The war in Vietnam was over and thousands of Vietnamese families were immigrating to the United States as soon as sponsoring families were found. This is the story of one family and how they came to be in the seaport town of Palacios.
It was January 1976 and a Vietnamese Catholic priest, Father Joseph, and five Vietnamese families then living in Brownsville decided to move to Palacios to find a better life. One of these families had relatives that had arrived in the States and were living in Ohio. The head of this family in Ohio was Tu Viet Vu; later fondly know at “Big Tu”. Big Tu’s family had come to the U.S. under the sponsorship of the West Liberty Baptist Church in West Liberty, Ohio. The church very graciously supplied them with a brick home, well stocked with food, and a car and proceeded to try to fulfill their every need and make them feel at home. However, as wonderful as these people were, this was not home nor did it resemble home in any way. The weather was so foreign to them; they certainly were not accustomed to the cold winters. And these people were predominately farmers. Big Tu had been a fisherman and there wasn’t a body of water in sight.
The Red Cross was in the process of trying to help these refugee families by contacting other members of their extended families that were scattered about the States. They were finally able to put Big Tu in contact with his brother in Palacios. So it was in July 1976 Big Tu brought his family to Palacios, Texas, in order to be near family, near the water and away for the cold weather. The people in West Liberty Baptist had been so kind to the Vu family that when the government offered to give the Vu family, ($300. per member of the family), some money to help them get started, the Vu family asked it be given to the church. The church, however, refused to take it and asked that it be used to help other families.
Upon arriving in Palacios, Big Tu went to work for Tom McCorley at Southern Net Works. Housing was a problem, but they made out, with three families living in one trailer and two families in another. By 1977 there were thirty Vietnamese families in Palacios. Although all of the men of these families were fisherman by trade, most of them were working at the South Texas Nuclear Plant. Big Tu was working there, but he also worked heading shrimp in the evenings and when he finished that he worked at the crab processing plant before finishing his day’s work. He held down these three jobs until he began building his first bay boat in the evenings after work. In 1979 five bay boats were built by the Vietnamese. Parts for these boats were purchased from salvage yards in Houston. By 1982 there were thirty-five Vietnamese bay boats in operation.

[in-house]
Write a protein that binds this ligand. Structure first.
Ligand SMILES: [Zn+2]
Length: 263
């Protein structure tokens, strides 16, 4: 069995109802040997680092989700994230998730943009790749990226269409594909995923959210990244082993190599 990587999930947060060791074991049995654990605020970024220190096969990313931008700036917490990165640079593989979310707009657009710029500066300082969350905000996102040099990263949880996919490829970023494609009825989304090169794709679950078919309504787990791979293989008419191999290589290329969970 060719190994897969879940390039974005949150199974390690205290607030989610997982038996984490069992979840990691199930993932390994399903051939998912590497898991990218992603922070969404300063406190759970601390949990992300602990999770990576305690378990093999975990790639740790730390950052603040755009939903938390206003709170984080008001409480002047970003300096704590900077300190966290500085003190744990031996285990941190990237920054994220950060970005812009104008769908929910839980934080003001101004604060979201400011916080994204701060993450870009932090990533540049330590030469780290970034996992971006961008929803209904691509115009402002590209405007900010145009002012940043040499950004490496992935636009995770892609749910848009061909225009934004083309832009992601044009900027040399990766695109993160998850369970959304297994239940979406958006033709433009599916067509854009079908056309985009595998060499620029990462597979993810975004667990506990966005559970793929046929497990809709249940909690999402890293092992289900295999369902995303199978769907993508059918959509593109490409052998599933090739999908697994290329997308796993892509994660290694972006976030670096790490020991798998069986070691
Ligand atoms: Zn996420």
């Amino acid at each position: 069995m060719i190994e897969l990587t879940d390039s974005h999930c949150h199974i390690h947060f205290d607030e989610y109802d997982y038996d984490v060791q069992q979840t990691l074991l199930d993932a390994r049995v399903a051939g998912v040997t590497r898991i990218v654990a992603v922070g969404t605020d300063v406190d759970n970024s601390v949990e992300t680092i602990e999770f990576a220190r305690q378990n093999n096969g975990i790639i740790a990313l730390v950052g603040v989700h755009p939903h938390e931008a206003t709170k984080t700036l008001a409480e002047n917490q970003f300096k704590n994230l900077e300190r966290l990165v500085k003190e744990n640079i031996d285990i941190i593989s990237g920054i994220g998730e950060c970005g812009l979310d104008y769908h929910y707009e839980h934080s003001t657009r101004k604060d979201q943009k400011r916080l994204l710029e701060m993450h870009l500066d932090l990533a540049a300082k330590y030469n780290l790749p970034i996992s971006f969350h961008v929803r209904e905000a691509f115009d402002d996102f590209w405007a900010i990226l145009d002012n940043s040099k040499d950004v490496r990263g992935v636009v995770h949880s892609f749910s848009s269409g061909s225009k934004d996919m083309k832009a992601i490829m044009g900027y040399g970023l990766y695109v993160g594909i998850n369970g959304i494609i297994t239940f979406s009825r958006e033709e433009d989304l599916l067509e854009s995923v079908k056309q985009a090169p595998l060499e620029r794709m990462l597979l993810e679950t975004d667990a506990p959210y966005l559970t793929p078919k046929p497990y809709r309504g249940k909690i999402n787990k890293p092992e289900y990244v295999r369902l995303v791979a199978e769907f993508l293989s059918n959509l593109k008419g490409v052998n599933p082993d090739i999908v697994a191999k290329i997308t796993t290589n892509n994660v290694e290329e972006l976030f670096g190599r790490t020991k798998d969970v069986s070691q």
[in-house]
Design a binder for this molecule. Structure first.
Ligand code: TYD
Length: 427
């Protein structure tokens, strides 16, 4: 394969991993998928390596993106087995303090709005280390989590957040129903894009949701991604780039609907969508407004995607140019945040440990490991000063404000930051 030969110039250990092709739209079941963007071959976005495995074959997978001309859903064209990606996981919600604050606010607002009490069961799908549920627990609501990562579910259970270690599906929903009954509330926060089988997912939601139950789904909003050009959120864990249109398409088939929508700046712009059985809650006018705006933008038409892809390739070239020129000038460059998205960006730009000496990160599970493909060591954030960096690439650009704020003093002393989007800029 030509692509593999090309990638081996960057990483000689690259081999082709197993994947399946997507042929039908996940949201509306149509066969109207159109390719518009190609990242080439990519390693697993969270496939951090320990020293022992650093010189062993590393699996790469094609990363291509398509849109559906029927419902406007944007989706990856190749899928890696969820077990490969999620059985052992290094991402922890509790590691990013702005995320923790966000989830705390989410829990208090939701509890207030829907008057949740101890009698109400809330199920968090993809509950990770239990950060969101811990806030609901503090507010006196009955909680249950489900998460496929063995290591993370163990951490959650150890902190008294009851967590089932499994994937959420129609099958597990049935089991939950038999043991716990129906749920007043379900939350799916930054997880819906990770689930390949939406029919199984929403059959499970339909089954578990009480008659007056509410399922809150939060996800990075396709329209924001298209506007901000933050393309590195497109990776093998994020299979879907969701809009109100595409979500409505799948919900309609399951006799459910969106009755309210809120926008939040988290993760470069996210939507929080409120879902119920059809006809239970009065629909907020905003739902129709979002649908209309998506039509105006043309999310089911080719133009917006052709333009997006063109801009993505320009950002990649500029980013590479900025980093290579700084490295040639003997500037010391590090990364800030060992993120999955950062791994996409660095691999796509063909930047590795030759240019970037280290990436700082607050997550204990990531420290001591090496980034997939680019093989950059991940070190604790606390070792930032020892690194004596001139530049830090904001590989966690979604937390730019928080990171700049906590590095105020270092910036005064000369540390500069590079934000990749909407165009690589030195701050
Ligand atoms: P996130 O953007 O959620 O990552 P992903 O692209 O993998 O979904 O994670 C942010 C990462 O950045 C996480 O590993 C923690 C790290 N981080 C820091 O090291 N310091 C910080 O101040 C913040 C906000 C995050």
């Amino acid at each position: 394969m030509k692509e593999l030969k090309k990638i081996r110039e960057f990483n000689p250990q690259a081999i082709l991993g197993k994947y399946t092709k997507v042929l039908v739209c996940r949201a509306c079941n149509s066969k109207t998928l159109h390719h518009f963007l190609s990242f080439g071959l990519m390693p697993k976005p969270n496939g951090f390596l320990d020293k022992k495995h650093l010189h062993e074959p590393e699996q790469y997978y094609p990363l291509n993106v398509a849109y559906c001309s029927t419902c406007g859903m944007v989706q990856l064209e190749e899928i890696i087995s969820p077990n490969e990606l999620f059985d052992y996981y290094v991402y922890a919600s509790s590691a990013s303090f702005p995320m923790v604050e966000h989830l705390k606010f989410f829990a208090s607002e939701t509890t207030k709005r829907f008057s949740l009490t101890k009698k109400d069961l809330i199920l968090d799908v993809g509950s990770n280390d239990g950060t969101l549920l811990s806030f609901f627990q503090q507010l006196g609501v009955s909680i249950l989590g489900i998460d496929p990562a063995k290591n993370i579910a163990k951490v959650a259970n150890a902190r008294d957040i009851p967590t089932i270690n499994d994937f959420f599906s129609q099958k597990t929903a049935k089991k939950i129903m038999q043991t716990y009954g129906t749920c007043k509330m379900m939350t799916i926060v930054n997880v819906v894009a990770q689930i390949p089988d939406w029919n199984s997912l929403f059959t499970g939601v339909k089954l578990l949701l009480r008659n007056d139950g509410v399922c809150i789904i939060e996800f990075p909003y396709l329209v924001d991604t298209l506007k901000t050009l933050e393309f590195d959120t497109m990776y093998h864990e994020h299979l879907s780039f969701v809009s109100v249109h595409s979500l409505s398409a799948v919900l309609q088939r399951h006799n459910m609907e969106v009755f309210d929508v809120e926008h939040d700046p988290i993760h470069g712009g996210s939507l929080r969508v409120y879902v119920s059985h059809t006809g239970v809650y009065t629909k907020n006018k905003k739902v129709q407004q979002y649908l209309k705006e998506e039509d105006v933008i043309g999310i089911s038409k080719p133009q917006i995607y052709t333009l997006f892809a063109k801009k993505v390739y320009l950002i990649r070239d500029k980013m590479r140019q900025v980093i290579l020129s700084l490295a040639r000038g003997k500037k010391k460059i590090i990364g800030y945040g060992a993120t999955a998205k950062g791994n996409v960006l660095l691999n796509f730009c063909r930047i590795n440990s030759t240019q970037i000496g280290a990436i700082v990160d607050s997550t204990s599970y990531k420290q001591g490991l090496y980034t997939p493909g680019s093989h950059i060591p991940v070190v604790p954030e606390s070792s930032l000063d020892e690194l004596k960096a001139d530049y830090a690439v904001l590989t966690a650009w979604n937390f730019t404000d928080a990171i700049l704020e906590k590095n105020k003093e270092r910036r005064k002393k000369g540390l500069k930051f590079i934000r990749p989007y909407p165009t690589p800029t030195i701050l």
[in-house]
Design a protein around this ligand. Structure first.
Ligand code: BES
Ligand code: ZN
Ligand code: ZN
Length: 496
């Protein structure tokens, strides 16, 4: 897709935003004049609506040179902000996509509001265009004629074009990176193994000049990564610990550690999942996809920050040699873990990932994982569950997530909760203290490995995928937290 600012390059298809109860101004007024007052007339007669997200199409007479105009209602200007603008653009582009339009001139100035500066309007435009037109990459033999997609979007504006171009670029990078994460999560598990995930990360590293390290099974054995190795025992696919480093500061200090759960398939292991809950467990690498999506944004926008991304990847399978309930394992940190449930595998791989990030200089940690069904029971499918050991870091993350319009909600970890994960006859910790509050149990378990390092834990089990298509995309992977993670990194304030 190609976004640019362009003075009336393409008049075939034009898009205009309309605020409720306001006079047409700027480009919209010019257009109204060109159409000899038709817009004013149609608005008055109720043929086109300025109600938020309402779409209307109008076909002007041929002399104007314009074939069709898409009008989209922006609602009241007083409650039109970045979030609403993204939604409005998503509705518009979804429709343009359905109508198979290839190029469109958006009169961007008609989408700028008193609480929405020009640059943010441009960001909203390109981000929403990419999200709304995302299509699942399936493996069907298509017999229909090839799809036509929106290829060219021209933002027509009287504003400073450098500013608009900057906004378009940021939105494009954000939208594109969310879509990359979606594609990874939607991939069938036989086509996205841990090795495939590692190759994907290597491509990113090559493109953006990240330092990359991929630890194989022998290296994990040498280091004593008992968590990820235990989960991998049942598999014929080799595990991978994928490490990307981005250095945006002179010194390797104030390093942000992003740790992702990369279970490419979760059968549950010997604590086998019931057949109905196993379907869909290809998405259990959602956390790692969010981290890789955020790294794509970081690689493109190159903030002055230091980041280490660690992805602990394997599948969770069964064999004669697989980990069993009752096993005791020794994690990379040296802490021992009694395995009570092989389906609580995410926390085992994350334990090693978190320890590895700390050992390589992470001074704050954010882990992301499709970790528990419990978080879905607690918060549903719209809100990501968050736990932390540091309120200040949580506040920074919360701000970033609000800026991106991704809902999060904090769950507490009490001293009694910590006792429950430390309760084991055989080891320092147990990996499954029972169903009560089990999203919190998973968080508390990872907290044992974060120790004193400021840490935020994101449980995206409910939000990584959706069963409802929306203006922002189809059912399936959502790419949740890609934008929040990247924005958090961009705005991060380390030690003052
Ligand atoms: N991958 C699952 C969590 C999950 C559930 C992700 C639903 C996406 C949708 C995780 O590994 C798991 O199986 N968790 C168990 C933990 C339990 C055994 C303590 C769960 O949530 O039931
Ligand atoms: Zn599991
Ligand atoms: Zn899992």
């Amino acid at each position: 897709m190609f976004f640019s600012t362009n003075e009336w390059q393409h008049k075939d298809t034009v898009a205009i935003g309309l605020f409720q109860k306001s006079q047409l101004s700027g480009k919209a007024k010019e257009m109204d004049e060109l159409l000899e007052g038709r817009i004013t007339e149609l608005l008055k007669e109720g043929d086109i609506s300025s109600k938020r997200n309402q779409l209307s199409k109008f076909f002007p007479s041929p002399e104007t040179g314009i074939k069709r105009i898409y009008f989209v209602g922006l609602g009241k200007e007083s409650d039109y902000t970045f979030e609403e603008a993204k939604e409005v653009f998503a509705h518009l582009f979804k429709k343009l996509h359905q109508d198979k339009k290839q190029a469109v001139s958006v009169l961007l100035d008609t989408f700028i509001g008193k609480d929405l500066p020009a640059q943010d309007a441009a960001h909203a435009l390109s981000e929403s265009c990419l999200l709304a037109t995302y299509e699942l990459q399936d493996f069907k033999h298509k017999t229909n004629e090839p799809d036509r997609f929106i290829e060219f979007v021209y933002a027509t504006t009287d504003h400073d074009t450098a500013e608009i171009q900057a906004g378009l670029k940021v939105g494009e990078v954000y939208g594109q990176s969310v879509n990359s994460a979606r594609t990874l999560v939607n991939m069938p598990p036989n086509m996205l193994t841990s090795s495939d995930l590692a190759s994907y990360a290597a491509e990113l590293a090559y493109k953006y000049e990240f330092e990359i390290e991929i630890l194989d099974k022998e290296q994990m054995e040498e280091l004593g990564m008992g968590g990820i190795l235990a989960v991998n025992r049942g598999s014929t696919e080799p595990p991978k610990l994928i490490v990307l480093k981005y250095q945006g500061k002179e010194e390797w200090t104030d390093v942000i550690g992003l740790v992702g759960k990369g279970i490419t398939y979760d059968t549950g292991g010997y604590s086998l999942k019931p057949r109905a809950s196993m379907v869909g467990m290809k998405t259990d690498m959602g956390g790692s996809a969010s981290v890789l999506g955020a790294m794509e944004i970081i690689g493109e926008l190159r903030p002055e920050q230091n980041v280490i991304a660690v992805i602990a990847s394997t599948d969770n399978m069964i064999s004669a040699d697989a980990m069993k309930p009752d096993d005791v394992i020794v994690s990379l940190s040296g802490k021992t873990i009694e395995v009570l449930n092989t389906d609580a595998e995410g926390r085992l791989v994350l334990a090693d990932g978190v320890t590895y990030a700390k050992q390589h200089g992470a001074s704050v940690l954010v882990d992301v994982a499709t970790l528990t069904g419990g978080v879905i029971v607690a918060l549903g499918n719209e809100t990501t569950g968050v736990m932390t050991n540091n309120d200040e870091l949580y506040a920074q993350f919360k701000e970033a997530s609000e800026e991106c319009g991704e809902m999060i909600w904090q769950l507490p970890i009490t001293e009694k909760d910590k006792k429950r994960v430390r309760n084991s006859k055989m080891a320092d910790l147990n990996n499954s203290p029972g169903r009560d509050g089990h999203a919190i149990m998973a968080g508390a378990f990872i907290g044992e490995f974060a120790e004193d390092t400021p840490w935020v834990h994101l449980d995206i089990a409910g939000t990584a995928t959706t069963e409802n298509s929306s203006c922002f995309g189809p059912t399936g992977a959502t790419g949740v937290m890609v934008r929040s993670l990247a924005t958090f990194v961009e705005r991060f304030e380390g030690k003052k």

In 1983 Big Tu built his first gulf trawler with a 65-foot wooden hull. In 1984 five more wooden hull gulf trawlers were built and in 1985-87, twenty more bay boats. In 1987 three steel hull trawlers, 85 feet long were acquired. In 1990 Big Tu opened Captain Tom’s Seafood, which had an unloading dock, he also had ten gulf trawlers and four bay boats. In 1993, he acquired an ice plant and fuel dock. The Vu family now operates two unloading docks, a fuel, and ice plant and eight trawlers.
The Vietnamese have made an economic impact on the city of Palacios. They operate five fish houses and unloading docks, approximately sixty gulf trawlers and forty-five bay boats. There are approximately 140 Vietnamese families now living in Palacios.
Big Tu and his wife, Hue, and their family have prospered in this City by the Sea, but they also have worked very hard. The whole family has worked. On their first bay boat, Hue was her husband’s deckhand and worked alongside him daily. Their family consists of seven children, four daughters, and three sons. Most of the children are now married, they are Thuy and husband, Tuan; Tom and wife, Hanh; Nikki and husband, Tony; Julie and husband, Huy; Tuan and wife, Tina. Janie and Ricky still live at home.
Betty Scurlock as told by Thuy Vu